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Cameron Highland Farmers Dispose of Tonnes of Vegetables Due To MCO Delivery Complications



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Whilst the Movement Control Order (MCO) is intended to safeguard everyone’s well-being by introducing restricted movement, there are a few groups of people who are going through some difficult times under this government authorised order.

During the span of MCO, authorities are keeping a close eye on traffic flow. With the enforcement of restricted movement, traffic has been severely monitored by authorities and it has majorly influenced market operating hours.

Even though public markets are allowed to operate during the MCO, farmers are at a conflicted standpoint due to difficulties such as delivery trucks being caught up in the rigorous regulations imposed by authorities.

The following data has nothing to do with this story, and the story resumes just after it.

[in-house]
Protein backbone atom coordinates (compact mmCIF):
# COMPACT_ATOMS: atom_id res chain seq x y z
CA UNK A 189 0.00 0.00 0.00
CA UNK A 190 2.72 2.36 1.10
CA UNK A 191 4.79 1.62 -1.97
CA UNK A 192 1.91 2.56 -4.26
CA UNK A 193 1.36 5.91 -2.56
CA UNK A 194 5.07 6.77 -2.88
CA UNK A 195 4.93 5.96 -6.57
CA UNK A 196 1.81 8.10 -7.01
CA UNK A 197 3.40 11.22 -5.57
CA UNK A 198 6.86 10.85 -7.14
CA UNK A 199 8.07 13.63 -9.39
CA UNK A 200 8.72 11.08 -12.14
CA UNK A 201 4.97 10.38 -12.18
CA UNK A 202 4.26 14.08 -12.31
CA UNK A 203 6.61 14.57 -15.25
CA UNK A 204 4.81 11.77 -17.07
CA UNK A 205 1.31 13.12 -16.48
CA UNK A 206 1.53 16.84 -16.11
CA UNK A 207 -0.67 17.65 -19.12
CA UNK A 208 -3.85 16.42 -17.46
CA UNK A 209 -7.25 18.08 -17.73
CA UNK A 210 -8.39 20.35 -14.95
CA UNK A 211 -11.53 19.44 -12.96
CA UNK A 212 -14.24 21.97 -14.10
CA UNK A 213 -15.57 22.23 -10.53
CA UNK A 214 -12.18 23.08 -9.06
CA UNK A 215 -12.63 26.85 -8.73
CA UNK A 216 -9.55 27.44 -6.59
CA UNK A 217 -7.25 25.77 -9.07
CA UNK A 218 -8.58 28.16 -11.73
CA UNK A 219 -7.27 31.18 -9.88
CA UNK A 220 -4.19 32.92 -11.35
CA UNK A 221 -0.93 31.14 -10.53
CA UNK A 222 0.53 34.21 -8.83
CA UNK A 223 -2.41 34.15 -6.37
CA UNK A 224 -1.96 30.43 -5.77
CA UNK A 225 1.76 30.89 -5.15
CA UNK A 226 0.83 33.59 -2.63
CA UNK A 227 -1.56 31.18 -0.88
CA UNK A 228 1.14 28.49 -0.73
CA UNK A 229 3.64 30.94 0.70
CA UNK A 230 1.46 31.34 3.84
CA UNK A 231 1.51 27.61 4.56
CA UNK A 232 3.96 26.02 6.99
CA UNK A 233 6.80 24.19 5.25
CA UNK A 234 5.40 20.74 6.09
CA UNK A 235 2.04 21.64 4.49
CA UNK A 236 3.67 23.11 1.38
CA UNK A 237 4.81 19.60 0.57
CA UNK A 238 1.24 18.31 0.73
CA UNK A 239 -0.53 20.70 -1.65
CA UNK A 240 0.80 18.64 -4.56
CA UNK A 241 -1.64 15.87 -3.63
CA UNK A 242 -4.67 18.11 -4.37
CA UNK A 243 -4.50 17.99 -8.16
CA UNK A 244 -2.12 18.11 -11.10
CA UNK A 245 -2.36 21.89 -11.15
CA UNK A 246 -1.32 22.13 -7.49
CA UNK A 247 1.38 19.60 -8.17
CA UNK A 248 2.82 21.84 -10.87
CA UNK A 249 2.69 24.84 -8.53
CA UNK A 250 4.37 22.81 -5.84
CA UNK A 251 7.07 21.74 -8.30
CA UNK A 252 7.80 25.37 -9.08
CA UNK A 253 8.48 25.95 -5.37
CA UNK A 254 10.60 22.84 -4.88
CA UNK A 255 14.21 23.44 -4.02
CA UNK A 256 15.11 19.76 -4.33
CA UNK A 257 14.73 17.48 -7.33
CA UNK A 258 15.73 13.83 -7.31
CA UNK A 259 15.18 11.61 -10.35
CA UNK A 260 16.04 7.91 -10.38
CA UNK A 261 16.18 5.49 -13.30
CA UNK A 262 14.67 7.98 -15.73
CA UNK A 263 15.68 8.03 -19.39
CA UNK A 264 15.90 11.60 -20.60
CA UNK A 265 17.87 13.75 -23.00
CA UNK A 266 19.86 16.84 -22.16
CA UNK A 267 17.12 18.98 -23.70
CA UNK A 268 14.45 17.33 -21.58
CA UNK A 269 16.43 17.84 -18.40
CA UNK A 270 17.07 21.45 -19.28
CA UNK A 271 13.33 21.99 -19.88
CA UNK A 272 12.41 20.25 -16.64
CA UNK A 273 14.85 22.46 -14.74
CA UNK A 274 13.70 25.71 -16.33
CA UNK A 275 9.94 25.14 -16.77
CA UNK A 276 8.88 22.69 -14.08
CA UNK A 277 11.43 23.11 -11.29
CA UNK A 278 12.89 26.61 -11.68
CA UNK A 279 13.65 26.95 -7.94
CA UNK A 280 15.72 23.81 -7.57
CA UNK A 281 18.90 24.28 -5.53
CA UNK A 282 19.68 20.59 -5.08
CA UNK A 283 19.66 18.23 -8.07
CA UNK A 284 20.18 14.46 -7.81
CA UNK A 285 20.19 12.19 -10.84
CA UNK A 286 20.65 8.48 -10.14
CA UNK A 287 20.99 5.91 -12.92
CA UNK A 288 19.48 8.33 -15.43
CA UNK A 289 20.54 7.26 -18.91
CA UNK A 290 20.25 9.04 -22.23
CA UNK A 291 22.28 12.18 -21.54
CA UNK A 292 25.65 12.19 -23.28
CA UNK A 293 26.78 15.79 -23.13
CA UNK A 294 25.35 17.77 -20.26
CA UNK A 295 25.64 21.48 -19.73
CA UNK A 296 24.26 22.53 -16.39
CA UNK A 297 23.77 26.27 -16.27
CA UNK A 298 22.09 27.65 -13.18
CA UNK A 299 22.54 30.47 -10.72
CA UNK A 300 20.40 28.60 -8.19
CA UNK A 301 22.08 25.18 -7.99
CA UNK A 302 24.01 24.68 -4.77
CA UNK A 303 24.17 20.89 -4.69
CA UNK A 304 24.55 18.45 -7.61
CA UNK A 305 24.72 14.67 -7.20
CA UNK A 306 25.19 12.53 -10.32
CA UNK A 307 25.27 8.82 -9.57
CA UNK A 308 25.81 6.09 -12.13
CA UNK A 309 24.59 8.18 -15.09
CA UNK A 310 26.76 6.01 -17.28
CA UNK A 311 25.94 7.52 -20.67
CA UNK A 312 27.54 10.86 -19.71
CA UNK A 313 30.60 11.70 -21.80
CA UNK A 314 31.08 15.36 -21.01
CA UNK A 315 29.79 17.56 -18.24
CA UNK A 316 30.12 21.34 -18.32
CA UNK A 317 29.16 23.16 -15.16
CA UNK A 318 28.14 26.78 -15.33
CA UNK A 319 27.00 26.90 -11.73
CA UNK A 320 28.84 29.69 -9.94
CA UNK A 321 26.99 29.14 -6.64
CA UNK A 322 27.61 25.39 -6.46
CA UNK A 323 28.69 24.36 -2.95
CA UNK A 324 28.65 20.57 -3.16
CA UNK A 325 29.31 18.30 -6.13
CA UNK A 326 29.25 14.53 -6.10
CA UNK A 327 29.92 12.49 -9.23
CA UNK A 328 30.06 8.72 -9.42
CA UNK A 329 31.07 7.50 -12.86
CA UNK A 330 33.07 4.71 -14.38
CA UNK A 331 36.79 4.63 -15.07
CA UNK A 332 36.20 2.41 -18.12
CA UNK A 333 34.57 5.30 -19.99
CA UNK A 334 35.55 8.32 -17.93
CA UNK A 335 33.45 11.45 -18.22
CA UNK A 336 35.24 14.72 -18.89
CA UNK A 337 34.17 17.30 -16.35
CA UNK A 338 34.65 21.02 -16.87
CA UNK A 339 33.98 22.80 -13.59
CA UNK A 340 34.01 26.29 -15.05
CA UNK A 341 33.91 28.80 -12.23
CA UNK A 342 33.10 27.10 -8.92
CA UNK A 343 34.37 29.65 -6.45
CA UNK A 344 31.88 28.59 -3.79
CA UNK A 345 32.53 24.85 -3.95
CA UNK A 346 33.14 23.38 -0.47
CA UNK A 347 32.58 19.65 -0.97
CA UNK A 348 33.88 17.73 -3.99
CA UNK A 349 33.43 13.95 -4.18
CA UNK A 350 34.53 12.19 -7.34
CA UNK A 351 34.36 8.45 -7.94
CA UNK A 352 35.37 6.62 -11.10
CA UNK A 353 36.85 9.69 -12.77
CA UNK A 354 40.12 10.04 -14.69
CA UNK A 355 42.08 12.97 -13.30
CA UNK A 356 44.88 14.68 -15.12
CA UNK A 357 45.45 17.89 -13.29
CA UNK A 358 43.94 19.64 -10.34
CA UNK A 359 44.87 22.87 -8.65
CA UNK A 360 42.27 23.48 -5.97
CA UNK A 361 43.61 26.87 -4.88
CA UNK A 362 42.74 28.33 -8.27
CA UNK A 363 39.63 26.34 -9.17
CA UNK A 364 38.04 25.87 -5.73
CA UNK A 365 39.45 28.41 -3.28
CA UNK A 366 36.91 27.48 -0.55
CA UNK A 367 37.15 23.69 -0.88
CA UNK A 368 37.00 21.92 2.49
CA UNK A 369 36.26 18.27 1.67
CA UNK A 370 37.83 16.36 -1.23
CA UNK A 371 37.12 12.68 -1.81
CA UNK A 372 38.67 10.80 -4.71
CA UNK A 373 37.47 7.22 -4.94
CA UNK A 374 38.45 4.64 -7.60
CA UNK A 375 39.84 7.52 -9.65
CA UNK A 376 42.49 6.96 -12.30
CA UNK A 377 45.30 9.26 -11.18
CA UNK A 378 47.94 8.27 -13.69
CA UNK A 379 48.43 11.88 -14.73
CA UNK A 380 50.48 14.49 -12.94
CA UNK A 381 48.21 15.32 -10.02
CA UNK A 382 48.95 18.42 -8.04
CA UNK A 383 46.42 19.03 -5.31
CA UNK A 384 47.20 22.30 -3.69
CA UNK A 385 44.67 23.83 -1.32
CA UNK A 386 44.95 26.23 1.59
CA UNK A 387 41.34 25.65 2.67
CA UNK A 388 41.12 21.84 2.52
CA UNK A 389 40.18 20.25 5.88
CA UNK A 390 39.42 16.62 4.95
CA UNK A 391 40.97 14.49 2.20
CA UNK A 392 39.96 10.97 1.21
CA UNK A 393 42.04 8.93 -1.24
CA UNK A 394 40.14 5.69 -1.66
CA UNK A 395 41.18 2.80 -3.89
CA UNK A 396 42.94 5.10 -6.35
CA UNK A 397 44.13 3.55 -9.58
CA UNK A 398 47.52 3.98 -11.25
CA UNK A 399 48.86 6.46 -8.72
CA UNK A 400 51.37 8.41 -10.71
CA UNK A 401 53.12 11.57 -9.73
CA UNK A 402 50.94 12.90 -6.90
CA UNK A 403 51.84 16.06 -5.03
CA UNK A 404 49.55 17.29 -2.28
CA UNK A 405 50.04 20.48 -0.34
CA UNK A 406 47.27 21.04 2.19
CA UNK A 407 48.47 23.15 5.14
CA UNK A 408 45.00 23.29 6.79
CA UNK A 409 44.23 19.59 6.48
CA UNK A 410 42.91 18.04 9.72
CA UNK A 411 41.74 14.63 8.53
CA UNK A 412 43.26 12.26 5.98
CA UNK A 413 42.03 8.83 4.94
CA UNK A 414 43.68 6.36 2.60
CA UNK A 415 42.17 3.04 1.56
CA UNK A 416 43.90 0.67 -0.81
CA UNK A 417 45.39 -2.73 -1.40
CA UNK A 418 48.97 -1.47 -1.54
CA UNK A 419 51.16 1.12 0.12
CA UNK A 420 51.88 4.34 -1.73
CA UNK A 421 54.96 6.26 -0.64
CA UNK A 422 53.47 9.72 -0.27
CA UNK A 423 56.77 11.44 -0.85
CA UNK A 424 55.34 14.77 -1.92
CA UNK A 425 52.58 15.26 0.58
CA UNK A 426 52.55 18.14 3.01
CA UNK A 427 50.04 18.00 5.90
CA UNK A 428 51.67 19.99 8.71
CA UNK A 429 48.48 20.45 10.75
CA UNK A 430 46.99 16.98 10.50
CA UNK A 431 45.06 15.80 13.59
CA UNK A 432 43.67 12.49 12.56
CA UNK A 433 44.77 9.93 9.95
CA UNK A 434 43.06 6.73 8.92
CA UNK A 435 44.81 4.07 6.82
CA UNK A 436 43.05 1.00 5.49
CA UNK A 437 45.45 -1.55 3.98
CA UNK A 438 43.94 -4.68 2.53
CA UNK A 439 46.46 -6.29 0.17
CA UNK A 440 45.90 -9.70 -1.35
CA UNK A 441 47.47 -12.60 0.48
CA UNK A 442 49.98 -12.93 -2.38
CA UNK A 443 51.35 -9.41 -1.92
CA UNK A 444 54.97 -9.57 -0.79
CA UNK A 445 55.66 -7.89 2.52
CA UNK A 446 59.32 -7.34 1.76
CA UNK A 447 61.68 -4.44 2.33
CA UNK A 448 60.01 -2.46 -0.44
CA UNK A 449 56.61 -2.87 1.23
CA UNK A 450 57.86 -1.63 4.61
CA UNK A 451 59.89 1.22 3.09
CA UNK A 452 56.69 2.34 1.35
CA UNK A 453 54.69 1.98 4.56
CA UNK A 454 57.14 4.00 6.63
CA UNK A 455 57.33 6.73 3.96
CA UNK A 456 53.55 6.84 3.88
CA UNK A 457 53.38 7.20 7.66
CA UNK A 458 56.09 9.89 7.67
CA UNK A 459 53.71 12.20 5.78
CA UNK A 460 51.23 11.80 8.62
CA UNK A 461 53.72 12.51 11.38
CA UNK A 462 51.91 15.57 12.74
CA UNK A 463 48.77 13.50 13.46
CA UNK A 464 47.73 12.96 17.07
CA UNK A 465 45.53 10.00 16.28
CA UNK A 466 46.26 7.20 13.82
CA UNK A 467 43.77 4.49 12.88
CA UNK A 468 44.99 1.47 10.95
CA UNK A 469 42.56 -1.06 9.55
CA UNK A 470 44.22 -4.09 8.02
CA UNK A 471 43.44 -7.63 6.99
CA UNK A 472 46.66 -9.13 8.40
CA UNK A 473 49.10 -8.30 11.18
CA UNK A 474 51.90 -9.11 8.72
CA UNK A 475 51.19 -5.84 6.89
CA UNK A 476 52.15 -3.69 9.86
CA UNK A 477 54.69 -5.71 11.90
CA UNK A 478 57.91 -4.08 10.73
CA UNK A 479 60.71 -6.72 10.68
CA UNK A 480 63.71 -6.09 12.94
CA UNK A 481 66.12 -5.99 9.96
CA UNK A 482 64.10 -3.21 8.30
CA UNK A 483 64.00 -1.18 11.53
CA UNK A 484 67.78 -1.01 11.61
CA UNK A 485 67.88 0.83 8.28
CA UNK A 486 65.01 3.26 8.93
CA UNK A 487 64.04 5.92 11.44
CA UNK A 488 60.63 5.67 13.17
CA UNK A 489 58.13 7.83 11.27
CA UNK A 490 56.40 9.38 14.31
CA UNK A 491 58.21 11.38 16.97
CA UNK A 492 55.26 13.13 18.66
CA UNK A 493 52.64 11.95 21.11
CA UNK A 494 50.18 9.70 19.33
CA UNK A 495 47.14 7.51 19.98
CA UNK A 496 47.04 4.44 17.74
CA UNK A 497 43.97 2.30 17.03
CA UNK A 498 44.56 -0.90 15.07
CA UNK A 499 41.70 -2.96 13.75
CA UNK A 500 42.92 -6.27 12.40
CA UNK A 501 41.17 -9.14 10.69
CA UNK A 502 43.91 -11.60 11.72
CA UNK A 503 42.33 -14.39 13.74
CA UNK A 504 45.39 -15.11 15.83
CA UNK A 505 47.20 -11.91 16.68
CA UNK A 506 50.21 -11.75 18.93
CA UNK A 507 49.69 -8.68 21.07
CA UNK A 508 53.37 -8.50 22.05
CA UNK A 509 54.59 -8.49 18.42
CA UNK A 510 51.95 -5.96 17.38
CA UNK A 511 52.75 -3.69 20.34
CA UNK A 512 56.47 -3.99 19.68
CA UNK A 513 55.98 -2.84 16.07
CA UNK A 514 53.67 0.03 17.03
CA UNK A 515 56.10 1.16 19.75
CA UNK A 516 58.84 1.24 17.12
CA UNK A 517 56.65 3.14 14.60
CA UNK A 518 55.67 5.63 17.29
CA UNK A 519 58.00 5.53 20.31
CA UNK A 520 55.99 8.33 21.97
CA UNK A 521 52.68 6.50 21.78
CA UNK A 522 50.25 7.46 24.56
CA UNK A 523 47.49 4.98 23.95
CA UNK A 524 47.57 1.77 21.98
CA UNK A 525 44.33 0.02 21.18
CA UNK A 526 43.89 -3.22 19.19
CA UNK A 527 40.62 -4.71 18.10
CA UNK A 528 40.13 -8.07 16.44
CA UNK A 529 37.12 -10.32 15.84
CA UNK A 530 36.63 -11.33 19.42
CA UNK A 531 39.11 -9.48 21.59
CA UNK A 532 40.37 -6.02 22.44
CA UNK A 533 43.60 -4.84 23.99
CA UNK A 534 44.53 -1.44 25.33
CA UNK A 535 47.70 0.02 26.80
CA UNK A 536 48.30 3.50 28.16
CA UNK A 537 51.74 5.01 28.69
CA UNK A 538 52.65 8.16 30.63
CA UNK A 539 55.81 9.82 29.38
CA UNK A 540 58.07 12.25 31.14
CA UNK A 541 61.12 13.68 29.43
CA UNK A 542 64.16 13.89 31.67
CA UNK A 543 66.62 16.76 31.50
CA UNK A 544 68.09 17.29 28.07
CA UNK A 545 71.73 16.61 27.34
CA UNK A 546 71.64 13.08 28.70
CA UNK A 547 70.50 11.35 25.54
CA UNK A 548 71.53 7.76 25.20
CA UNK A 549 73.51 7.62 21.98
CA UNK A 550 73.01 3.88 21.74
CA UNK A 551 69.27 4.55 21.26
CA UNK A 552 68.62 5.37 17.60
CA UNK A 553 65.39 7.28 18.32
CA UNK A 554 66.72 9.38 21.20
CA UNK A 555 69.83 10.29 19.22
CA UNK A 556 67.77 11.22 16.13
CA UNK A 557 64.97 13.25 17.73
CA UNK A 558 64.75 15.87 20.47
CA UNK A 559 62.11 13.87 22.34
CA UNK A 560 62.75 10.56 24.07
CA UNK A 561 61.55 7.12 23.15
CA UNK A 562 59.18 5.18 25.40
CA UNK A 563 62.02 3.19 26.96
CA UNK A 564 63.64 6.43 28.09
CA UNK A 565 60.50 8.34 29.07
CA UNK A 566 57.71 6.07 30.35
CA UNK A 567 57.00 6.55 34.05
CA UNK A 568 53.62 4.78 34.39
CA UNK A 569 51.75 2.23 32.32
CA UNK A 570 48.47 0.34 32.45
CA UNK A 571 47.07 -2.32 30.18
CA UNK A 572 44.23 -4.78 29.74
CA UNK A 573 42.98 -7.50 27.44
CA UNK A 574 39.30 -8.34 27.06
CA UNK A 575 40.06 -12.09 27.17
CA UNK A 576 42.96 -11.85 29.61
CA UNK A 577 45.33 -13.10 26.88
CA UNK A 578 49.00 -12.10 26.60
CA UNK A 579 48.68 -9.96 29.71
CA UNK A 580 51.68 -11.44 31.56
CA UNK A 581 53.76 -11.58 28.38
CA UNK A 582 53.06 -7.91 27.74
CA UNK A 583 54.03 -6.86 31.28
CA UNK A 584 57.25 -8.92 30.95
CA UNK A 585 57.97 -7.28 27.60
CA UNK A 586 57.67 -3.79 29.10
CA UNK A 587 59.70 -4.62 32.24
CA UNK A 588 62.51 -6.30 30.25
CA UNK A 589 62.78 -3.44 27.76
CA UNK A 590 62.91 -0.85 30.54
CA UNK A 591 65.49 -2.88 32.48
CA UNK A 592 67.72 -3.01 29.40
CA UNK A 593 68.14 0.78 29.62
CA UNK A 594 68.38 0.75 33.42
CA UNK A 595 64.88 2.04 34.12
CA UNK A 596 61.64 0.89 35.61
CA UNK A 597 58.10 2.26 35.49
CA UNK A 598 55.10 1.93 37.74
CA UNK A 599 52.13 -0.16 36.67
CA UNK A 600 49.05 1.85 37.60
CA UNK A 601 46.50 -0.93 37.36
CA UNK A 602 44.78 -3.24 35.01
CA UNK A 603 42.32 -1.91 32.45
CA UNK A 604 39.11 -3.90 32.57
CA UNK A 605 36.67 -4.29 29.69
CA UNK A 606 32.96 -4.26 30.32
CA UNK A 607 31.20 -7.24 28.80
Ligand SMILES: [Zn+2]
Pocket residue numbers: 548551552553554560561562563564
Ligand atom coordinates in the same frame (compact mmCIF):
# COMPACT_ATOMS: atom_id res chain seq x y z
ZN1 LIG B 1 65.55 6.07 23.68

According to Malaysiakini, restrictions on traffic and market operating hours under MCO have adversely affected the supply chain for vegetables and raw food.

Public markets are important because they sell food supplies and are convenient for people, especially during the MCO, as everyone can go to their nearest market to get their supplies. Hence, the Federal Gazette has categorised markets under essentials services.

However, Malaysiakini reports that due to the various problems and regulations imposed by authorities, many vegetable sellers and vegetable delivery truck drivers said they would rather stop their service to avoid problems.

This has led Cameron Highlands farmers to dump hundreds of tonnes of vegetables, resulting in a huge amount of food wastage.

This issue was brought forward by Sim Tze Zin, the Member of Parliament for Bayan Baru, Penang. He raised a few concerns, including the fate of farmers during MCO and food wastage. He suggests that extra farm goods could be given to people from lower income households rather than throwing them away.

Sim urges the government to take proactive measures as packaging companies have ceased operations during MCO. The temporary closure of packaging companies hinders the farmers from being able to pack their resources to fit the delivery standards.

“If there are no farmers, there will be no food. Malaysians need healthy food to win in a fight against Covid-19,” said Sim Tze Zin via Sinar Harian.

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